Olympus OM1n

I already have an Olympus OM camera – the OM10. The OM10 is an amateur camera – aperture priority exposure meter and very clumsy manual mode. This OM1 is a professional camera. It is entirely manual and entirely mechanical. That means it will work with no battery and will even work if the meter dies.The full name of the camera is the OM1N MD. The MD signifies that the camera is ready to acceept a motor drive. The original OM1 needed the base plate to be replaced before the motor drive could be fitted. The N signifies that this is the second verion of the OM1. As far as I can ascertain, this second version was an entirely cosmetic upgrade.

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lens:  G. Zuiko Auto-S 
focal length:  50 mm
apertures:  f/1.4 to f/16
focus range:  0.45 m to infinity
lens fitting:  OM bayonet
shutter:  cloth focal plane
speeds:  1 second to 1/1000 seconds
flash:  PC socket and contcts for optional hot shoe
film size:  35mm

Olympus cameras are easy to date. Open the back and carefully remove the film pressure plate (it is loosely held in place and is easy to remove). On the back of the pressure plate are four characters. The first is the code for the manufacturing factory (this might be in Kanji). The second is the year and the third is the month. The fourth caracter is the revision of the back plate. With my camera, the code is S9Y5. So, factory S (I have no idea which factory this is!), year is 9 (so 1979) and month is 11 (months are 1 to 9 and X,Y and Z giving twelve months) so November. Pressure plate revision is #5. We do not need more for the year as production started in 1972 and ended in 1987 so only one year 19×9. Don’t forget to put the pressure plate back! So, my camera was made in November 1979.

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The layout of controls are idiosyncratic. With most focal plane equiped cameras, the shutter speed selector is on the top plate above the appropriate gummings in the shutter crate. Not here. The shutter speed selector harks back to leaf shutter layout and is a ring at the base of the lens barrel.This means that it is easier to change shutter speed with the camera at your eye. With the speed selector on the top plate, it is necessary to remove the camera from your eye to adjust speed. Where you might expect to find the shutter speed selector is a large knob with numbers, but this is the film speed selector.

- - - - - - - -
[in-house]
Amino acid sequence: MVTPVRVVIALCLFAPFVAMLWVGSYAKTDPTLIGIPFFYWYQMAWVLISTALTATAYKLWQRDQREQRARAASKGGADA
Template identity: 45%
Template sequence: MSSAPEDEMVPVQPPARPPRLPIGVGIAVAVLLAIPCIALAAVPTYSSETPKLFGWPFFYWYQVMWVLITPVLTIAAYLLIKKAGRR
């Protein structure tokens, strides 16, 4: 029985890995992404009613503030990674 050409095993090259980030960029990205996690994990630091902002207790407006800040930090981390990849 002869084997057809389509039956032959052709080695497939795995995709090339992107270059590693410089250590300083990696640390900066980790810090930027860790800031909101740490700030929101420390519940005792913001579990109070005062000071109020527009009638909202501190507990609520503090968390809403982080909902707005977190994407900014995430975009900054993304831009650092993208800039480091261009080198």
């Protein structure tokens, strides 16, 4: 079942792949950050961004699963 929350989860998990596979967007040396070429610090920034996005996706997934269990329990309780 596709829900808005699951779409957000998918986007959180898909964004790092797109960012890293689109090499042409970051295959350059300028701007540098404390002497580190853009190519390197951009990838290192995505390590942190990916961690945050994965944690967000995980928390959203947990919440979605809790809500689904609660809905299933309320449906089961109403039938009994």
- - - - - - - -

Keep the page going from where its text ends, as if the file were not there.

As always, I shall give a description before describing using the camera. The camera weighs 505g without the lens but with a film inside. It measures 135 mm wide by 85 mm high and 50 mm deep (this is with no lens attached). The top plate looks normal (but see comments above) and is made from stainless steel. At the extreme right is the window to the frame counter. This resets to ‘S’ when the back is opened. ‘S’ is actually ‘-3’ as you need to wind three frames to get to ‘1’. Frames 12, 20, 24 and 36 are printed ingold (the rest are in white). These were the standard lengths of film that were available in the 1970s – just 24 and 36 frame films are available now. Frame 38 (should your film be that long) is a gold ‘E’ – the frame counter will not go beyond this but the film winder still works.

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Next to the frame counter window is the film advance lever. This is metal with a black plastic tip. The lever has two positions when at rest. It has a park position flush with the edge of the top plate. In this position the lever cannot get in the wat but is more awkward to use. The lever’s natural position after advancing the film is to sit proud of the top plate. This makes it easier to use but leaves the lever rather close to your eye if you are right-eyed and possibly sticking in your right eye if you are left-eyed.  The lever works on a ratchet so the film can be advanced by repeated small strokes for those with limited mobility in their hands. If the film is advanced in one go, the lever will move through about 180°.